Republicans are against any tax increases and there are too many Dems who do not want to raise the price of liquor on their blue collar constituents. Also, NM's liquor taxes already are among the highest in the country and the liquor industry is part of NM's hospitality industry and that industry has tanked. Raising liquor taxes is not a good way to attract more tourists...Our retail liquor prices are already horrendous and raising them higher will not help the industry...


The peak of the Maloof's political involvement came when Phil Maloof, now 42, won the 1998 Democratic nomination for the ABQ congressional seat. He had served a term as a ABQ West Side state senator. The US House seat opened up upon the death of GOP Rep. Steve Schiff. The R's put up Heather Wilson who beat Maloof in both a special election and a regular election. Maloof spent $5.3 million on the losing effort. He now oversees Maloof Music in LA, a joint venture record label.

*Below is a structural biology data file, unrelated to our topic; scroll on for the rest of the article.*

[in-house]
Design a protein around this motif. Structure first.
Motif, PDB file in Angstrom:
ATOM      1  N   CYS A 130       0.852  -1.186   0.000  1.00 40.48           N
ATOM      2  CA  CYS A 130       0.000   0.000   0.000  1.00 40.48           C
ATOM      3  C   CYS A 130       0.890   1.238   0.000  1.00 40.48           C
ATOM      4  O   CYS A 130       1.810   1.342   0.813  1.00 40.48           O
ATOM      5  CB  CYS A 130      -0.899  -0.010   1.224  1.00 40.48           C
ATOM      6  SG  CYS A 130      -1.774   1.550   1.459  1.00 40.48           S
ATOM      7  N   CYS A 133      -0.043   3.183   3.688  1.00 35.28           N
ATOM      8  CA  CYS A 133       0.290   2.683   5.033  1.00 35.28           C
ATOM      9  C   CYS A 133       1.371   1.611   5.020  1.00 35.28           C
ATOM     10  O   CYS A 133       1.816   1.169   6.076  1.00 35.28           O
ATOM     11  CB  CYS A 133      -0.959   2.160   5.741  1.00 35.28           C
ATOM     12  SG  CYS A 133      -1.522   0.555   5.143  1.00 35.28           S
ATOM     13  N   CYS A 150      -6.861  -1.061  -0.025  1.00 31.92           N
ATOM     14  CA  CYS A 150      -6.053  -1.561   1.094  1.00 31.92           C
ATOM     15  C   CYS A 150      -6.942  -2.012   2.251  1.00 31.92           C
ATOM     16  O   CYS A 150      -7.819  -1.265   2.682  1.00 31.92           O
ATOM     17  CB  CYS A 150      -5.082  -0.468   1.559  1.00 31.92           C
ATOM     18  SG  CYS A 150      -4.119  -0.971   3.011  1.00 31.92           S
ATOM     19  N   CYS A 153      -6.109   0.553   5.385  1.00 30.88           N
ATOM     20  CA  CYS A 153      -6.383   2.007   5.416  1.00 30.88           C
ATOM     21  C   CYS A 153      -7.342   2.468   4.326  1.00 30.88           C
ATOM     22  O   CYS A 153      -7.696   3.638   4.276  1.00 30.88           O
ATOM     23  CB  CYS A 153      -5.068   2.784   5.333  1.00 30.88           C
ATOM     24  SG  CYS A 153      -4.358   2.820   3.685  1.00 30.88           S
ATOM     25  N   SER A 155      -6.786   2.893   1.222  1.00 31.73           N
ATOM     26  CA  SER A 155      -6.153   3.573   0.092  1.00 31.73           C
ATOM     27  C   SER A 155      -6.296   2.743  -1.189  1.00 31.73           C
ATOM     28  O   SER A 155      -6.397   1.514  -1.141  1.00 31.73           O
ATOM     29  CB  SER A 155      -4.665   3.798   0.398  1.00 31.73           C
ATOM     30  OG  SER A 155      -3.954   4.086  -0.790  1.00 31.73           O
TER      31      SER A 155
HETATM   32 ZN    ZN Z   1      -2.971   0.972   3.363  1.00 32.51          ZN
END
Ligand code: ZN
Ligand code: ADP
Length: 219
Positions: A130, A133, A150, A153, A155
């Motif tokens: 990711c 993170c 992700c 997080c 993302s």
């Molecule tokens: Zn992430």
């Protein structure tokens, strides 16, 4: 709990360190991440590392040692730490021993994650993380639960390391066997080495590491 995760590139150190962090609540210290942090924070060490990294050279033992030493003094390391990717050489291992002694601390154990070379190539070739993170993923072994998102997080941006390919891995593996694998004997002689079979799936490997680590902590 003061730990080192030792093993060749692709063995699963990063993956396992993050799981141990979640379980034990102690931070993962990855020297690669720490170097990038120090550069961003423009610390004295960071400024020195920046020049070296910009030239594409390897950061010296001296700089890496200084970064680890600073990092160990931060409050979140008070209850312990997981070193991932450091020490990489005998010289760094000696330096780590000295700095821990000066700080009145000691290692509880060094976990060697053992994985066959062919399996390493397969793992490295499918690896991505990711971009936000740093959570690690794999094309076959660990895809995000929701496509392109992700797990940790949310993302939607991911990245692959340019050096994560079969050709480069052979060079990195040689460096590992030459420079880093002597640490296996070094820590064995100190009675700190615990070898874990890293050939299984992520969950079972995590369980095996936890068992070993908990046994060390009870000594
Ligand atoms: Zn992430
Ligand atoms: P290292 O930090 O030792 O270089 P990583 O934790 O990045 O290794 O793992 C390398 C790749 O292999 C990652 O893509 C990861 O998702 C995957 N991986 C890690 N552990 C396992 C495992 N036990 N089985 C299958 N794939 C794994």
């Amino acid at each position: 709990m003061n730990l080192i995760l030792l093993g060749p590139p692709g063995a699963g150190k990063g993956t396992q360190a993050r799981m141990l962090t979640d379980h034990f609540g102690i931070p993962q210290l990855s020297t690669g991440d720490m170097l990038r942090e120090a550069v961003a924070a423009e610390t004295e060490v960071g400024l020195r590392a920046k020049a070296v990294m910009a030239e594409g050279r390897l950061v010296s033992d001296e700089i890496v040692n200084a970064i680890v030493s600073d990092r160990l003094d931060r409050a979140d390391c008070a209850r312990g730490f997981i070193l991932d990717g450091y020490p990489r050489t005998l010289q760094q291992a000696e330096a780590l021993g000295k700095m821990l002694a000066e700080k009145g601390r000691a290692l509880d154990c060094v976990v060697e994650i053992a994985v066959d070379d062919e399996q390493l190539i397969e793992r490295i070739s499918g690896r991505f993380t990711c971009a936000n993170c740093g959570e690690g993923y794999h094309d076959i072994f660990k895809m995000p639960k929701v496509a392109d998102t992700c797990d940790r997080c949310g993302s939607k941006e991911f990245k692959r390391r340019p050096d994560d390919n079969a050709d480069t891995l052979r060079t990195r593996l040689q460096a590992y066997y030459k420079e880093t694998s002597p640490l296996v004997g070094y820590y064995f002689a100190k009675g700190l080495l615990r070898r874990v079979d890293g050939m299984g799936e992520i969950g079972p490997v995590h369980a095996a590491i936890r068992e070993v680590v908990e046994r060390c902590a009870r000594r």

Tonight the ABQ City Council gathers for its first meeting with the new councilors elected in the October election and all eyes will be on the vote to confirm Democratic lawyer Dave Campbell as Republican Mayor RJ Berry's chief administrative officer.

Three of Berry's fellow R's--Councilors Winter, Cook and Lewis are wary of Campbell, saying he has a conflict of interest because he was a land use attorney who did business with the city prior to becoming CAO. But the ABQ Journal, echoing community sentiment first heard here, urges in a Sunday editorial that the GOP councilors back off. They cite Campbell's lengthy response to the councilors concerns and the tradition of letting a new mayor like Berry form his own team.